According to the Greek Law, the users should obtain a separate licence for each exploitation of the works. All uses – exploitations of the works, without any exception, are equally protected. As different uses are considered e.g. the lending and rental, the radio-television broadcasting, the communication to the public as well as their making available to the public through networks, the public performance, the mechanical reproduction and distribution to the public in any form, the translation, etc. 


In addition to the above uses, which concern the author’s economic – patrimonial right, the Greek Law protects the author’s moral right on his work, providing that it cannot be transferred in his lifetime, under the following reservation: “The granting of consent by an author for an action or an omission which would otherwise constitute an infringement of his moral right shall be deemed to be a form of exercise of his moral right and shall be binding upon him.” 


Any kind of adaptation, modification, arrangement, mutilation (fragmental use), etc. of a work is prohibited, unless the creator’s prior express relevant written consent has been granted, while his paternity right should also be acknowledged, at the extent possible. After the author’s death, the moral right passes to his heirs, who should exercise it in compliance with the author’s will.


In addition to the above, the Publishers of music materials have the (related) right to authorise or prohibit the reproduction by reprographic, electronic or any another means of the typesetting and pagination format of the works they have published, if the said reproduction is made for exploitation purposes. Such prohibition is always expressly stated in the conditions of hire of each music material. Thus, the user who has hired the music material belonging to a Publisher, is not entitled to make any digitisation, photocopying or other kind of reproduction of it either for his own use or on the account of a third party, neither for the needs of the rehearsals nor for the performances of the work. Similarly, the user is not allowed to entrust the hired music material to a third party, either the whole or a part of it, in any way, such as by lending or sub-hiring it. The same restrictions on prohibition of entrusting the music material apply also in case of purchase of the music material from the respective Publisher; i.e. the purchaser acquires the right of its unlimited use for his private exploitation only, without, being entitled to further transfer it to third parties, with or without remuneration, which would thus, impede the normal exploitation of the music material and prejudice the Publisher’s legitimate interests. For this reason, for the legality of all the aforementioned uses, the prior relevant written authorisation of the Publisher is required.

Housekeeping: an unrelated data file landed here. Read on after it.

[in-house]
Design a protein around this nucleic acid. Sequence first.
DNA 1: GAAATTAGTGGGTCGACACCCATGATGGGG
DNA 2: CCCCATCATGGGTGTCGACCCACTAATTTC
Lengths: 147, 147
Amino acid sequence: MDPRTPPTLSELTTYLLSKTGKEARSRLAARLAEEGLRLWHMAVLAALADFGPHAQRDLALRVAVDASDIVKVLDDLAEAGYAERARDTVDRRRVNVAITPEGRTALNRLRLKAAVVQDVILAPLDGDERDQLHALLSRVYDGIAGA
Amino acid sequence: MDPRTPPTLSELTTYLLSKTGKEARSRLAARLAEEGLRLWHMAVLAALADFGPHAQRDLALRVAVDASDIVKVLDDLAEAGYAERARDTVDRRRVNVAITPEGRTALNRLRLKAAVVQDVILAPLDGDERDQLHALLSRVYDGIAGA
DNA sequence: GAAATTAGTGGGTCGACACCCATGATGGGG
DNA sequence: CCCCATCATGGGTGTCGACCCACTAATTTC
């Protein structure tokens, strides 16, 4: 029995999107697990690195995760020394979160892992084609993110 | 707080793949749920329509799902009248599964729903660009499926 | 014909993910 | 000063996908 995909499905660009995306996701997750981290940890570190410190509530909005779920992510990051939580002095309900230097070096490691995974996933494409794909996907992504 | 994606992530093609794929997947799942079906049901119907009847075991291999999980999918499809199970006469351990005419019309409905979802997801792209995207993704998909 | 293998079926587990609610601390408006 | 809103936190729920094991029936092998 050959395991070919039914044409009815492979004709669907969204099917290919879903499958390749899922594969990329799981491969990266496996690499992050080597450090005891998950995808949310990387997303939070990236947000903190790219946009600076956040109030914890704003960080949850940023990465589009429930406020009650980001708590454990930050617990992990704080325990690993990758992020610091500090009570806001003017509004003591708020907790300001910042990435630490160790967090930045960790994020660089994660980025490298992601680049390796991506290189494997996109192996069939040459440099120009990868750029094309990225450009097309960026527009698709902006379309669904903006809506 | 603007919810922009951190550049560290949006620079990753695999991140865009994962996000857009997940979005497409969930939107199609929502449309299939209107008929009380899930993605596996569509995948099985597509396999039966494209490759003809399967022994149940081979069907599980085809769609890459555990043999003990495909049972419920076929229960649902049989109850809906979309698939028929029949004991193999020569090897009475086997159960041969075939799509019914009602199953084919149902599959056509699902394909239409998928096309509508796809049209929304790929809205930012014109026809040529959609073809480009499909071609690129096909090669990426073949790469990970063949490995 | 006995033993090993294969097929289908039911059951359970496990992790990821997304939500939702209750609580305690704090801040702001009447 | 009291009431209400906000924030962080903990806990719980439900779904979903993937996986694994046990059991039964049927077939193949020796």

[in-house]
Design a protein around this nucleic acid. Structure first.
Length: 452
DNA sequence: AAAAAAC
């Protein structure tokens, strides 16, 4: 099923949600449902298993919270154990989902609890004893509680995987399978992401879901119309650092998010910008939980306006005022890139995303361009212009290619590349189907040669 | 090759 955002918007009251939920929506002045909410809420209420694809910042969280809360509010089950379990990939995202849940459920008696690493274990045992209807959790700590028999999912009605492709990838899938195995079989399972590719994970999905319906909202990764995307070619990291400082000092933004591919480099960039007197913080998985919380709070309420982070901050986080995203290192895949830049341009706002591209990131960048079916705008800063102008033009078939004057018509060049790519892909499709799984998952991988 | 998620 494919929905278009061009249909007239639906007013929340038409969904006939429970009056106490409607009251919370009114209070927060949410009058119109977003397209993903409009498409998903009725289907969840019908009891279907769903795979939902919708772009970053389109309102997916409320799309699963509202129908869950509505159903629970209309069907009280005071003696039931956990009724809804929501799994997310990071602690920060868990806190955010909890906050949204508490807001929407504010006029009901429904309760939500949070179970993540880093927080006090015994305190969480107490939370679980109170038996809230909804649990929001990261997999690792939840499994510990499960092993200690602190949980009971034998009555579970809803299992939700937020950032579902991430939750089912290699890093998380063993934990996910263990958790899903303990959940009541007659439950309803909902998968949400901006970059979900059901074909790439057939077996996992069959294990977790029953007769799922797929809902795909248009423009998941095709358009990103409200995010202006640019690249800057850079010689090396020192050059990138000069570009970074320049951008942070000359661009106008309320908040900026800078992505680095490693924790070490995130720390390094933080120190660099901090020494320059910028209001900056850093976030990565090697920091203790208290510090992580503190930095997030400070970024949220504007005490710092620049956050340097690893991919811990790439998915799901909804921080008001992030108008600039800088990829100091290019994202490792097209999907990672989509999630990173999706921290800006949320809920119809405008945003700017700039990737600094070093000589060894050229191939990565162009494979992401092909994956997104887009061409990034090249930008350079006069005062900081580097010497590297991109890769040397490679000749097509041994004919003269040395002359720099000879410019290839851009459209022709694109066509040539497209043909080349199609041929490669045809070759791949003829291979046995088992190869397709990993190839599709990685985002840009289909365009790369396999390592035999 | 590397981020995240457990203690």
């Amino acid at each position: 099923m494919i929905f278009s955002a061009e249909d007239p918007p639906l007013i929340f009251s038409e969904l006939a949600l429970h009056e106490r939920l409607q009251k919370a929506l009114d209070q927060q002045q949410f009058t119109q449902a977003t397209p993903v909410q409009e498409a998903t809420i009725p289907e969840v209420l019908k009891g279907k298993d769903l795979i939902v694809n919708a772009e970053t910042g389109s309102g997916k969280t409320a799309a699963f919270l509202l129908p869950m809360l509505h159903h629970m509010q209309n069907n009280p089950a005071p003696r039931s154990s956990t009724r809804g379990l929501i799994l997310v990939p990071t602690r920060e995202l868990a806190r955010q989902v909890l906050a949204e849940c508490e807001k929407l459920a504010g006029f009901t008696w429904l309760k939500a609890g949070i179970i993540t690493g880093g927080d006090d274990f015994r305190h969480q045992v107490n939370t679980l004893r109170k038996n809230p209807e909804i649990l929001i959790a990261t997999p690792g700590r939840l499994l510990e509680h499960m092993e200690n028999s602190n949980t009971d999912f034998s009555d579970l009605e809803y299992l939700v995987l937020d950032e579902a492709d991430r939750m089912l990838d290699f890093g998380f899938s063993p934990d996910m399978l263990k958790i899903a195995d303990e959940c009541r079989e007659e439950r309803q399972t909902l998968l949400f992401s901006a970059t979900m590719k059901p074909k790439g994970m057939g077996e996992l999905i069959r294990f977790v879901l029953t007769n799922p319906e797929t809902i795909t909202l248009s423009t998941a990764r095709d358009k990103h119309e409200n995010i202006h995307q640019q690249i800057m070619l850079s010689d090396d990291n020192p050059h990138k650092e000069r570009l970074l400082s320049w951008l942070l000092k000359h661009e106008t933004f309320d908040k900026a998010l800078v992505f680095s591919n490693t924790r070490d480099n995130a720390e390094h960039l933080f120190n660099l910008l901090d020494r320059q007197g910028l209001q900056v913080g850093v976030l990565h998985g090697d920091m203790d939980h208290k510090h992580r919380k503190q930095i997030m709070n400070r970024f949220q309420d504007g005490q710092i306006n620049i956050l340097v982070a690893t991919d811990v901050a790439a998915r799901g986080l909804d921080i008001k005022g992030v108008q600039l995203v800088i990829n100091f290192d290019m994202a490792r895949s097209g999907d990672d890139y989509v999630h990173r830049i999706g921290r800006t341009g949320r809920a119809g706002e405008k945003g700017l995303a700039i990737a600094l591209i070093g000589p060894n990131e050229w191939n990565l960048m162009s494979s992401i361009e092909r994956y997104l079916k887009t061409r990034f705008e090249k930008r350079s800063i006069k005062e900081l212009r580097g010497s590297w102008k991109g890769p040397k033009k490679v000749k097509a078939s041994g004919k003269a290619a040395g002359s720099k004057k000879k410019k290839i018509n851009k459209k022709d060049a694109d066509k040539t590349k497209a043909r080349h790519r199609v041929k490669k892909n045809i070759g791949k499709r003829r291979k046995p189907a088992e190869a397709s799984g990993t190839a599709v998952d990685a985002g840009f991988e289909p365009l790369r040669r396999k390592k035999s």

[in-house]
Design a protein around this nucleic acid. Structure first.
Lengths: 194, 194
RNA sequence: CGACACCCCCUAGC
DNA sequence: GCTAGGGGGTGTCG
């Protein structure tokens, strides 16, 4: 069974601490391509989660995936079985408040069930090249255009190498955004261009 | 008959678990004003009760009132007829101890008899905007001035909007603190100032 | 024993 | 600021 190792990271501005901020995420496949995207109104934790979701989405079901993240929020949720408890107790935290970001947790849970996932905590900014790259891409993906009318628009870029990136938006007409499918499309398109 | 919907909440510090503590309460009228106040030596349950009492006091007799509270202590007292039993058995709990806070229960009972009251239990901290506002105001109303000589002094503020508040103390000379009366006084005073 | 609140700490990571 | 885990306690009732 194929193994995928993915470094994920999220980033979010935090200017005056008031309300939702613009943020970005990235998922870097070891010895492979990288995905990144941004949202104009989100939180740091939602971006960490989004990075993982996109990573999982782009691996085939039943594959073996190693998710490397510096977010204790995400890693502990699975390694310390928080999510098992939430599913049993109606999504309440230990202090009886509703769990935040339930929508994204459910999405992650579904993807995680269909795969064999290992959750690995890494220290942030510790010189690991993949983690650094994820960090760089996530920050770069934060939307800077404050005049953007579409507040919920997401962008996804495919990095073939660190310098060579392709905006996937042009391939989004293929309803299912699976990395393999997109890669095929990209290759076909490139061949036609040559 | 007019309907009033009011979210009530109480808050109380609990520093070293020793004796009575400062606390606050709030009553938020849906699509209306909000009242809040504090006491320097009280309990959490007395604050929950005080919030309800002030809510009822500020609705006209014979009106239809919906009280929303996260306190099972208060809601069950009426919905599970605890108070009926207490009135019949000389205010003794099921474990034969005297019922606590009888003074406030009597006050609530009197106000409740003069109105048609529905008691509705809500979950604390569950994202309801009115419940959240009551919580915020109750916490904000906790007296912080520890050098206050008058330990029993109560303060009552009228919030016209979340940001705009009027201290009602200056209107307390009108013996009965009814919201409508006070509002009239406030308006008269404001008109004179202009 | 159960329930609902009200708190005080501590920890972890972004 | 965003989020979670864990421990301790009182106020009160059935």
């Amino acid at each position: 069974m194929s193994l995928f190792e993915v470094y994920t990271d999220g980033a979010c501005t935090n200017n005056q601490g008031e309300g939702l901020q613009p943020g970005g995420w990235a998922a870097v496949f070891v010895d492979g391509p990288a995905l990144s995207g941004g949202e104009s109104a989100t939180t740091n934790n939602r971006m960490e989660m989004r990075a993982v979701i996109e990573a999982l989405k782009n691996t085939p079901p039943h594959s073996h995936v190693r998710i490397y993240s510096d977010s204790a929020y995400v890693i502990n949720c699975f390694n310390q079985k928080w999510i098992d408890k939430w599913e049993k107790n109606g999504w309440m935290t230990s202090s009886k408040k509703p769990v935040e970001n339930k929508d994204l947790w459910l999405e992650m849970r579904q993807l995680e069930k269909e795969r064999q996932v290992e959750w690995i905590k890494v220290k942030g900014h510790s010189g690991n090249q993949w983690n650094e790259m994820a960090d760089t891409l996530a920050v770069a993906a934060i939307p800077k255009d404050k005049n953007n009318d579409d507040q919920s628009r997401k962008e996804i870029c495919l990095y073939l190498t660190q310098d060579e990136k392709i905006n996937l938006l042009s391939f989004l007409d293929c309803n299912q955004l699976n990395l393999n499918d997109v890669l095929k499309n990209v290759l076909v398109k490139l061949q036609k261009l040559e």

Violation of any of the above obligations by the users results to particularly severe sanctions, according to the Greek Law on authors’ rights and related rights, which is considered as one of the strictest in Europe.  


The unlawful use of a work or the use in breach of the licensing terms, bears heavy civil and penal sanctions. 


Any violation of the Greek Law on authors’ rights is being punished with imprisonment from one (1) year at least up to ten (10) years in very serious cases. Moreover, the payment of high compensation and moral damages is provided.


The Court may also decide the immediate cease of the illegal – unauthorised use, ordering, without delay, injunction and provisional measures, while, in case of identification of a potential infringement, the prosecuting authorities are competent to order the police to instantly halt such act.


Within the aforementioned legal framework, the creator / owner of authors’ or related rights, feels particularly secure that the users will normally comply with the terms and conditions of the licences he grants, bearing in mind that in any case of violation, either he directly or his representative in Greece will be able to protect his rights immediately and efficiently.